If you don't have personal experience, it's difficult to tease out the difference between Wiccans and witches. Part of the issue is that many practitioners of Wicca religion consider the terms interchangeable. While either term may be appropriate, our classic ideas of witches don't apply to Wiccans, although practitioners of the past may have been among those persecuted in witch trials.
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Wicca is the largest Neopagan religion but is very broadly defined. It is a decentralized religion with no fundamental rituals, books, or beliefs beyond a deep reverence for the Earth and the commitment to do no harm. Many Wiccans practice their religion as individuals, although some do form covens. Stories of witches and witchcraft have been around longer than we can truly know but the Wiccan religion seems to date back to only the 19th century or so. This means that, while some of the victims of witch hunts and burnings may have practiced precursors to Wicca, many did not.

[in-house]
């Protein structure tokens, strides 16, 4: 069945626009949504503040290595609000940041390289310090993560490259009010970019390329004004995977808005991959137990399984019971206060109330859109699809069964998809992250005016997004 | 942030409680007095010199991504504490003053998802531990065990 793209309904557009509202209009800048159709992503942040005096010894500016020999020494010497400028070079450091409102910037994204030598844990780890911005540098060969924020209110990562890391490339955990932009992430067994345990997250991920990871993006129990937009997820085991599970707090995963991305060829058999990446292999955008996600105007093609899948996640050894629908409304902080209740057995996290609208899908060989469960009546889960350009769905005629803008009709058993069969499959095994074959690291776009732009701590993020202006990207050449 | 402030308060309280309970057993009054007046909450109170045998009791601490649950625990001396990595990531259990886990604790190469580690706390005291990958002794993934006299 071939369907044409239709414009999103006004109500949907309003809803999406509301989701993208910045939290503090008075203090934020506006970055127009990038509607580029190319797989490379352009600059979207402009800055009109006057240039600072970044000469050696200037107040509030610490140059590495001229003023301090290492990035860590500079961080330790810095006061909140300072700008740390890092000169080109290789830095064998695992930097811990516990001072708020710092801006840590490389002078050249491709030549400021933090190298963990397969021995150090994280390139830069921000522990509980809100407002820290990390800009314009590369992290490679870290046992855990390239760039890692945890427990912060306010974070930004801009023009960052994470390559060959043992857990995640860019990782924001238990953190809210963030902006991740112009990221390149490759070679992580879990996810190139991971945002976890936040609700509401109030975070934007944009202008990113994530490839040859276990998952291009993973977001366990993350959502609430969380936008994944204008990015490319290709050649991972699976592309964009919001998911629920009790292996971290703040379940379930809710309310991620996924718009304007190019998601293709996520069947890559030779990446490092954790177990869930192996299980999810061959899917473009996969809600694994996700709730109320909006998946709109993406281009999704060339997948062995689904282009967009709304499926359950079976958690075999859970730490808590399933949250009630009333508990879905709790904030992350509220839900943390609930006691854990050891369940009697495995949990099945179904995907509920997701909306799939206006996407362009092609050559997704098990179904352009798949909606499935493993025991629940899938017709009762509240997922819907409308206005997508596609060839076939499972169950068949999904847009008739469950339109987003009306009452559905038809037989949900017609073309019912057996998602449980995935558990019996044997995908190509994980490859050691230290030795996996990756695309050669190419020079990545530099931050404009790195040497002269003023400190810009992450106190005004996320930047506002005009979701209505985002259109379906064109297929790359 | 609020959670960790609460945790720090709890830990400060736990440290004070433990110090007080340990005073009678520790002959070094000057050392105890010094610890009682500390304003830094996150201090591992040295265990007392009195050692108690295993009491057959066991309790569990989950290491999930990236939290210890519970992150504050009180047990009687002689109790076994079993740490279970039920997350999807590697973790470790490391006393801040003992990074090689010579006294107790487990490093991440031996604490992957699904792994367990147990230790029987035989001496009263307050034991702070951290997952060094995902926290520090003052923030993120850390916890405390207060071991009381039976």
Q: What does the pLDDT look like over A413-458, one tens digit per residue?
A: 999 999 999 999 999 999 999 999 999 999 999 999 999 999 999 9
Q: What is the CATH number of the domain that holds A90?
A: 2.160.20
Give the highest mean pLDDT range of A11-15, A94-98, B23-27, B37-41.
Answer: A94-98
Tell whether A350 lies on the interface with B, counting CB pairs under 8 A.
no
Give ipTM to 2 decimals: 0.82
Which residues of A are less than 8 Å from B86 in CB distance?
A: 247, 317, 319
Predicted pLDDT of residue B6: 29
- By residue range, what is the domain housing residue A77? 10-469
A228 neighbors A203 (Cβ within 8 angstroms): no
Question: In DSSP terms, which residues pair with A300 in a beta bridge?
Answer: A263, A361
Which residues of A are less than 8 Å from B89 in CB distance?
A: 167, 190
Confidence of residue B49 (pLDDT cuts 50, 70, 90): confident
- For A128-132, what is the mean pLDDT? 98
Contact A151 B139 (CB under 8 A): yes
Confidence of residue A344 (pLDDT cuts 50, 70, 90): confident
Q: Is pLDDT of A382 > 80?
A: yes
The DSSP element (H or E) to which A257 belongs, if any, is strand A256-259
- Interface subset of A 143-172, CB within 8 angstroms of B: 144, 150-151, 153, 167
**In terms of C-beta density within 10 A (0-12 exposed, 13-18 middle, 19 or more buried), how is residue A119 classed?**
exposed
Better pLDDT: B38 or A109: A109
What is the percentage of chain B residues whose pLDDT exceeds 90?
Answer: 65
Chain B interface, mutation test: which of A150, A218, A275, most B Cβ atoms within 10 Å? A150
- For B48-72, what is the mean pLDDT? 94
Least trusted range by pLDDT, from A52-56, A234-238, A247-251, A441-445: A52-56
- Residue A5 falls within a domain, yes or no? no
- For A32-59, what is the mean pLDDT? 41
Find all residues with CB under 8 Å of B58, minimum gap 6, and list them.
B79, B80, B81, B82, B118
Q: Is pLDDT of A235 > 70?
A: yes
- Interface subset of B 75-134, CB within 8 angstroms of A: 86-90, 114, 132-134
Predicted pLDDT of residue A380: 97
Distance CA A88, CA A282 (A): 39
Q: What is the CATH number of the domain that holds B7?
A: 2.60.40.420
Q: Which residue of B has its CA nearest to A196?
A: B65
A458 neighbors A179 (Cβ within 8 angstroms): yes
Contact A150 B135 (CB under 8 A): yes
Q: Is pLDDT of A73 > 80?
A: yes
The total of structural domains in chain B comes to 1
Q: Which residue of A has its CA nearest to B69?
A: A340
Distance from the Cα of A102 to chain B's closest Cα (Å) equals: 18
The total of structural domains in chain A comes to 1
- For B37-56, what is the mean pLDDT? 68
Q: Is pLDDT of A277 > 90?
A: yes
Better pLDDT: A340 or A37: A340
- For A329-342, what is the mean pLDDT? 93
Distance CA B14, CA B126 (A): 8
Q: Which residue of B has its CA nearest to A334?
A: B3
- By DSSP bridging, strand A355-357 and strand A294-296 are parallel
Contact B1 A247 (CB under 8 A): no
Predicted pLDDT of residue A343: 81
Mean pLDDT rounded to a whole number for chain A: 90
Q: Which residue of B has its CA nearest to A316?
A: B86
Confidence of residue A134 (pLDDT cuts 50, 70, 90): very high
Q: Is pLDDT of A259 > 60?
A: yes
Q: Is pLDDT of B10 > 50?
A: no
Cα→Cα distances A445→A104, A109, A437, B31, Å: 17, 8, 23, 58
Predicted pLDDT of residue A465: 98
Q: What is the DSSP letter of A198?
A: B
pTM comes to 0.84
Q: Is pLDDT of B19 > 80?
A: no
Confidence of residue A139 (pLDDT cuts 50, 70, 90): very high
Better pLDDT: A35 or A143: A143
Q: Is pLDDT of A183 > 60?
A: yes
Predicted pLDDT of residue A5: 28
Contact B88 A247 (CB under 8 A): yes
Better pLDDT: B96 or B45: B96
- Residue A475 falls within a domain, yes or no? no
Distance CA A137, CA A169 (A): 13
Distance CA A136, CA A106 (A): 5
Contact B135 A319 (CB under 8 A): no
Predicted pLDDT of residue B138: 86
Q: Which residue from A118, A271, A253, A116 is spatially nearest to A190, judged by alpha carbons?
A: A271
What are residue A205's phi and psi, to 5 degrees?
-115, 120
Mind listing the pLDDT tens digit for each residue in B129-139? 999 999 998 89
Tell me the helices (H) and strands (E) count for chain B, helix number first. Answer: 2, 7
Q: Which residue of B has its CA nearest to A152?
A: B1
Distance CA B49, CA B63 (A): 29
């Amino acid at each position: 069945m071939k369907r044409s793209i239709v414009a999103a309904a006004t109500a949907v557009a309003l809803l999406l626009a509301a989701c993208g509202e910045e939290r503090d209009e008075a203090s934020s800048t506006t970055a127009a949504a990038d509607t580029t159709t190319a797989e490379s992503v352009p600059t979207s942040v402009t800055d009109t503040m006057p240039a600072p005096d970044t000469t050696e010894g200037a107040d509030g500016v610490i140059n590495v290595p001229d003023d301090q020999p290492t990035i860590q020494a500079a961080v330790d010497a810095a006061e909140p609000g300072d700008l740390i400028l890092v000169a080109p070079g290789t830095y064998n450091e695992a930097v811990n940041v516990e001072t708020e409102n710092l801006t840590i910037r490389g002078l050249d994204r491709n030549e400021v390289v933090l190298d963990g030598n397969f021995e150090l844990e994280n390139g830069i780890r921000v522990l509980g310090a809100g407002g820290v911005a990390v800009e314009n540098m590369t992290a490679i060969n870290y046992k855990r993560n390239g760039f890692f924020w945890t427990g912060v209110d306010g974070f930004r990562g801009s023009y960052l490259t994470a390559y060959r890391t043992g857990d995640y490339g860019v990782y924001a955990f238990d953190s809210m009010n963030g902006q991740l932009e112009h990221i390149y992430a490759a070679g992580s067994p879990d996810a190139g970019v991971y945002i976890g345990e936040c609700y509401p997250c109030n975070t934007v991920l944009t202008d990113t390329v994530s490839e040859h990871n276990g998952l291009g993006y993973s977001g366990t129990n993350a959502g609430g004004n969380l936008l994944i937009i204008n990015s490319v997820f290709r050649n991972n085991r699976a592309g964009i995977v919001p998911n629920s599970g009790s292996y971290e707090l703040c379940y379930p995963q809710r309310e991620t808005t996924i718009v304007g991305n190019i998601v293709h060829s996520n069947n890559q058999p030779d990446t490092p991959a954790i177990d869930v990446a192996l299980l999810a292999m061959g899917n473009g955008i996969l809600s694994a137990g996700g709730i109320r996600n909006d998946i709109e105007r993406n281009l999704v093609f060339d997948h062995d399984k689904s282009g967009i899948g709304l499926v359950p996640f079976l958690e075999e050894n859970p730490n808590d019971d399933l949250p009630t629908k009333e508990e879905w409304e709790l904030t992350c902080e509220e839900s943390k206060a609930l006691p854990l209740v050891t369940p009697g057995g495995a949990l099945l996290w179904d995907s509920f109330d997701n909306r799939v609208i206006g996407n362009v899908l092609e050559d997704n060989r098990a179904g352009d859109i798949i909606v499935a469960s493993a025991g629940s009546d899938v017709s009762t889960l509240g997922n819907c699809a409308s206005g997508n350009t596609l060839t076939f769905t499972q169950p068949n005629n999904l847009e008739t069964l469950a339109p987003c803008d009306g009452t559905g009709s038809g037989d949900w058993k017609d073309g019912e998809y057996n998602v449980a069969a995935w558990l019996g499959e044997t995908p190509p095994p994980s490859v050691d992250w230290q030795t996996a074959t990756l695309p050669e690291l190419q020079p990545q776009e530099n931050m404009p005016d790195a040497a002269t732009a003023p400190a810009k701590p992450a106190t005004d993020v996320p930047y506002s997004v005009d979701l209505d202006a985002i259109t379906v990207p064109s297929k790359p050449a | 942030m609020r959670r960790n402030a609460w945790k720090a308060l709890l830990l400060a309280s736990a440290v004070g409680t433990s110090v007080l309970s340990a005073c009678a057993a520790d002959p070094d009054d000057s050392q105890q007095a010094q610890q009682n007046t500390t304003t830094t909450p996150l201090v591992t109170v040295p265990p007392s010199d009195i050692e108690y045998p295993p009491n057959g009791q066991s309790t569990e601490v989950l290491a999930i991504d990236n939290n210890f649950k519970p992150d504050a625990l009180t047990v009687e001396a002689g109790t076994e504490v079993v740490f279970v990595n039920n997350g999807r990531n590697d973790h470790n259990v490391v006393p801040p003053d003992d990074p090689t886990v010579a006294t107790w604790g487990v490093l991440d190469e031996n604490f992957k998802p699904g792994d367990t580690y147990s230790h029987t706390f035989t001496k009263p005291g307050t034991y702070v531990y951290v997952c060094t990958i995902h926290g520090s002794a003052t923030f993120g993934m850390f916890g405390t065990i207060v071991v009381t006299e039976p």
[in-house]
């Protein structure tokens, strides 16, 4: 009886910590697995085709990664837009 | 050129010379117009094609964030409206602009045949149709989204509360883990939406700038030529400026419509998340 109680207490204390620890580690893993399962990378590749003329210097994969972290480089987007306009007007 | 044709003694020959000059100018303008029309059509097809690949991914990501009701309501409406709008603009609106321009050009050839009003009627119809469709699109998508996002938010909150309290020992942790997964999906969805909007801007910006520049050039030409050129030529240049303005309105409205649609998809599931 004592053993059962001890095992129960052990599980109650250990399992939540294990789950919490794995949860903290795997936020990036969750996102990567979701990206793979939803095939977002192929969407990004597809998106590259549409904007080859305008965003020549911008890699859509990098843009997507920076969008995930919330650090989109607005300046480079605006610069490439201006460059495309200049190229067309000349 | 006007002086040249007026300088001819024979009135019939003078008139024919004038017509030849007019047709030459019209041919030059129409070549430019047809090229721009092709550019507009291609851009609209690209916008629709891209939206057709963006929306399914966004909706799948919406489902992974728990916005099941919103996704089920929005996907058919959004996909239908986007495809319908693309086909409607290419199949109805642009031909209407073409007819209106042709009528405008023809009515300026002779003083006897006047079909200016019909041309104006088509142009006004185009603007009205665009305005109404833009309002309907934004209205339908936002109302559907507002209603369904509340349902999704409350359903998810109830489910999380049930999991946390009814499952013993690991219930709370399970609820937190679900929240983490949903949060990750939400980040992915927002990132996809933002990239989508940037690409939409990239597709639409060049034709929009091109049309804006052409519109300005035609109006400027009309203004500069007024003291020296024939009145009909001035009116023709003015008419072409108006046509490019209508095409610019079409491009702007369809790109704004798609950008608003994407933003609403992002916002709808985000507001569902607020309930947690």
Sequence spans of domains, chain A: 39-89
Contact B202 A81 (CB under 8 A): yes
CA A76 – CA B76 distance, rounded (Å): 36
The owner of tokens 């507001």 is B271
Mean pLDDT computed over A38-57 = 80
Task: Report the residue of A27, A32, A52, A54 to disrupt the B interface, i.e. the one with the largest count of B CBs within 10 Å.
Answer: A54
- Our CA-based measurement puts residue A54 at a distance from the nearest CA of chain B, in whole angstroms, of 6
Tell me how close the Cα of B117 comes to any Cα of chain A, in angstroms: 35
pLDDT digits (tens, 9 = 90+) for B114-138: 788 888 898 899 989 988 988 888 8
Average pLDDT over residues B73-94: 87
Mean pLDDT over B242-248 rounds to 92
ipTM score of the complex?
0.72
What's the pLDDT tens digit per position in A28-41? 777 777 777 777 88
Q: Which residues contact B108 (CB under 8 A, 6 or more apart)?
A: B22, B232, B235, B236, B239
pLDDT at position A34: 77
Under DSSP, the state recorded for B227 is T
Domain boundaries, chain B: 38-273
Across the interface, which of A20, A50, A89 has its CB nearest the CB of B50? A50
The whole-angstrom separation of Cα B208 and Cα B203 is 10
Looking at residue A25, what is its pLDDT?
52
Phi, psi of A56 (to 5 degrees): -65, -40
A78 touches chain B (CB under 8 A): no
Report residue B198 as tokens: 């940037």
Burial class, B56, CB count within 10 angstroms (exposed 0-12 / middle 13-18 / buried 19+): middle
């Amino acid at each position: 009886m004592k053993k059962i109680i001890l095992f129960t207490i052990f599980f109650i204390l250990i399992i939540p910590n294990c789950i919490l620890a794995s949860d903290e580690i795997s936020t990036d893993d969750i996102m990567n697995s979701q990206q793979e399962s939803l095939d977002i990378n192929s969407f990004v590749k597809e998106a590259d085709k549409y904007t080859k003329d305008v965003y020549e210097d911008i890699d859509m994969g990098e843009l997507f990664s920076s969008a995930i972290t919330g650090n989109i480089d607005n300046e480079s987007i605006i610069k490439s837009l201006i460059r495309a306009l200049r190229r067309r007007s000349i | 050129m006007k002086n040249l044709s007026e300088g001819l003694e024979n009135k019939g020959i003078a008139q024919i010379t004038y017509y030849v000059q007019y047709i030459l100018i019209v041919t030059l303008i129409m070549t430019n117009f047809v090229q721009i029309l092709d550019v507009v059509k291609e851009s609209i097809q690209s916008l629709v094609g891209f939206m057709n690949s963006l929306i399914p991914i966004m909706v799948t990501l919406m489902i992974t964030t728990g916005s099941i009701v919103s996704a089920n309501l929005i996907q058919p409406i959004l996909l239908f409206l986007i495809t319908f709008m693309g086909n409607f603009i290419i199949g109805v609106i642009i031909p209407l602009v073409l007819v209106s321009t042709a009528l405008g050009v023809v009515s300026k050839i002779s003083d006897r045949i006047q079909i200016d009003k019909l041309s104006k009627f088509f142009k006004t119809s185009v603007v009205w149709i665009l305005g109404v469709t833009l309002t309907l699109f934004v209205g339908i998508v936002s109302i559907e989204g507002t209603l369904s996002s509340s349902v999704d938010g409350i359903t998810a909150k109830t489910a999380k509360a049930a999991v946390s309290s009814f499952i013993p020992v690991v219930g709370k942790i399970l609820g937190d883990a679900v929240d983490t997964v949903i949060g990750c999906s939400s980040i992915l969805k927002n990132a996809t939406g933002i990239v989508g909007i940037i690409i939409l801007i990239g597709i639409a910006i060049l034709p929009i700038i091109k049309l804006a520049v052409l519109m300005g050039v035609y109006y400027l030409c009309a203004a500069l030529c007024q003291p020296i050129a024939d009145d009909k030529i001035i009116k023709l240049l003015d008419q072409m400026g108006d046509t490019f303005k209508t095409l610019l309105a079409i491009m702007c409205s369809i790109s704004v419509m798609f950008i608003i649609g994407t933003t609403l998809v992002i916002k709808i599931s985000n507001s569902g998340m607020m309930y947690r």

Snapping to judgment is an unfortunate tendency of human nature; one that is particularly potent when we feel we've identified people who differ from ourselves. The idea of Wicca, because it is not a major world religion and is related to (or possibly the same as) witchcraft, can scare us. But it can also be traced back to belief systems with which we are more comfortable, like Ancient Egyptian, Greek, and Norse religions - all considered Pagan. Still uneasy? Well then you might have to reevaluate your thoughts about Christmas, Halloween, and Groundhog Day because these cultural celebrations all have Pagan roots too.
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Read more about Wicca:
ReligiousTolerance.org: Wicca: a Neopagan, Earth-centered religion
The Church and School of Wicca: A Definition of Wicca